The first two pillars stated above, cannot work without the company also paying attention to the social aspects of the circular economy. 

Every company must make itself a participant in the sustainable change of the area to which it belongs in order to respond to the problems and needs of the society in which it is located. New business models can generate value for certain categories of disadvantaged people, create new jobs, and generate economic and social integration opportunities that were previously unseen. 

The relationship with the territory can generate opportunities for INDUSTRIAL SYMBIOSIS and generate investment, as well as reduce the company’s ecological footprint by responding to problems that are not only local but of global interest (glocal), such as climate change or land consumption. Providing also for a BUSINESS ETHICS attentive to circular economy principles can help increase corporate welfare by increasing productivity and quality of work.

The transition to a circular economy could result in an additional US$ 4.5 trillion in global economic output by 2030. Moreover, in contrast to the current growth environment, India's circular economy development route might generate an annual value of US$ 218 billion (Rs 14 lakh crores) by 2030 and US$ 624 billion (Rs 40 lakh crores) by 2050. The implementation of a circular economy in India would require an enabling ecosystem that encourages the identification and adoption of new business models. Presently, 377 million people living in urban cities, produce approximately 55 million tonnes of Municipal Solid Waste (MSW) (like organic waste, recyclables like paper, plastic, wood, glass, etc.) per year, with these numbers expected to skyrocket to 125 million MT per year by 2031. Moreover, only 75-80% of the MSW gets collected; out of which only 22-28% is processed, and the rest is dumped in dump yards. MSW generation is projected to increase to 165 million tons by 2031, and further rise to 436 million tons by 2050.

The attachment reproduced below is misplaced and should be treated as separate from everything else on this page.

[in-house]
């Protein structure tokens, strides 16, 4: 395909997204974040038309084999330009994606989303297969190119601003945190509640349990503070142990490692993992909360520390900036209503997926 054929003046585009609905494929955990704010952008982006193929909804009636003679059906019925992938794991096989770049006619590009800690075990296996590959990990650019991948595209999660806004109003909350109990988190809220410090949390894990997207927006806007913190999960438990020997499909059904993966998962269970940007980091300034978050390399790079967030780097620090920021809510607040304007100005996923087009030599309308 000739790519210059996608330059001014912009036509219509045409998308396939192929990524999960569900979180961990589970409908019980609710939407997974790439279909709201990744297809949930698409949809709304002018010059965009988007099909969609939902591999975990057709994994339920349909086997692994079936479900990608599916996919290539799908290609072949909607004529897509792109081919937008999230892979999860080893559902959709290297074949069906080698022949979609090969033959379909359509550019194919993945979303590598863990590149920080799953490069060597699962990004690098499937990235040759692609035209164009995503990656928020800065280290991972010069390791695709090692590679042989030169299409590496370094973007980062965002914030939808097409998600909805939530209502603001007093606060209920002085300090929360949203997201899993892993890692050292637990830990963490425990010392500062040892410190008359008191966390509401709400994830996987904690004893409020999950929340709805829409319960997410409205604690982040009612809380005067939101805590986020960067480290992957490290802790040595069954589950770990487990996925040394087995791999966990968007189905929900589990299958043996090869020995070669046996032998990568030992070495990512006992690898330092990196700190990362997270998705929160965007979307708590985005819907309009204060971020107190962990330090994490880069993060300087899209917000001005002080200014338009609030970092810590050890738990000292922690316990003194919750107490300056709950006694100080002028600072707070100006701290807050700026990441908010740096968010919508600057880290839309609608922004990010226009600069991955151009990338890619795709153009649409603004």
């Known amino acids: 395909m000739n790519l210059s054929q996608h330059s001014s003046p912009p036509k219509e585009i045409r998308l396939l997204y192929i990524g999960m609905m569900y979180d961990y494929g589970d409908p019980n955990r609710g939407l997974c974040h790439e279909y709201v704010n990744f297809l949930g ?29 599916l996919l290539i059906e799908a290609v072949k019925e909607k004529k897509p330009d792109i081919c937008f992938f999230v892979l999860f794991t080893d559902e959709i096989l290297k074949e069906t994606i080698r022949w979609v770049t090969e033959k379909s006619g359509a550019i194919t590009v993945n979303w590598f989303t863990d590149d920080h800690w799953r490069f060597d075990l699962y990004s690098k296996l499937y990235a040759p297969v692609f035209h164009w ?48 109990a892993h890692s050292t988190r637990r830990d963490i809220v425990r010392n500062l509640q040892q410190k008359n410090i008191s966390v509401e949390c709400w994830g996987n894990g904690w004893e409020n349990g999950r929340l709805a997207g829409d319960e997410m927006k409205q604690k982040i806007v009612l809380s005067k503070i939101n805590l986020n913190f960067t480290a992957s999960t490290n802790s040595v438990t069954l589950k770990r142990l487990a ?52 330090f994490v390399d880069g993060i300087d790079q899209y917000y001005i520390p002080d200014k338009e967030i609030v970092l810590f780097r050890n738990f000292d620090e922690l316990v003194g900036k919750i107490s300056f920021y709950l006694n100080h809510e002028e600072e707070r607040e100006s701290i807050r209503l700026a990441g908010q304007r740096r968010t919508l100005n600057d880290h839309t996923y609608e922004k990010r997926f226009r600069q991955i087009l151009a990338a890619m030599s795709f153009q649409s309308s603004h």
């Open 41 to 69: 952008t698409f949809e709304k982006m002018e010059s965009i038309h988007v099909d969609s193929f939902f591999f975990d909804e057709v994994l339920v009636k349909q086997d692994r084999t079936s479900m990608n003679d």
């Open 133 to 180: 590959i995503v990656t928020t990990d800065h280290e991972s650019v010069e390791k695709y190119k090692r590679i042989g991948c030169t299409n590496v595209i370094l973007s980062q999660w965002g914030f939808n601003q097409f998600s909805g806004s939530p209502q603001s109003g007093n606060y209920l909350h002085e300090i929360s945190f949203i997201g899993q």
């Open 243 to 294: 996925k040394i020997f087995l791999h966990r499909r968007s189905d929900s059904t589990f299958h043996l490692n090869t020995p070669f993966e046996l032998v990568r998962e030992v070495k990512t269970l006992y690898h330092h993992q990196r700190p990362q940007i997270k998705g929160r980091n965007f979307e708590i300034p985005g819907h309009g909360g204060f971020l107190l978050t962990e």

By 2030, India is expected to be the world's third-largest economy, accounting for approximately 8.5% of the global GDP. The circular economy has the potential to fuel India's growth while also providing significant environmental benefits, making a sustainable and resilient framework. The recycled Polyethylene Terephthalate (PET) plastic industry in India is estimated to be worth around US$ 400-550 million, according to National Chemical Laboratory (NCL) and PET Packaging Association for Clean Environment (PACE). In India, PET is recycled at a rate of 90%, which is higher than in Japan (72%), Europe (48%), and the United States (31%). Thus, there are enormous opportunities for a circular economy in India. The country is likely to be: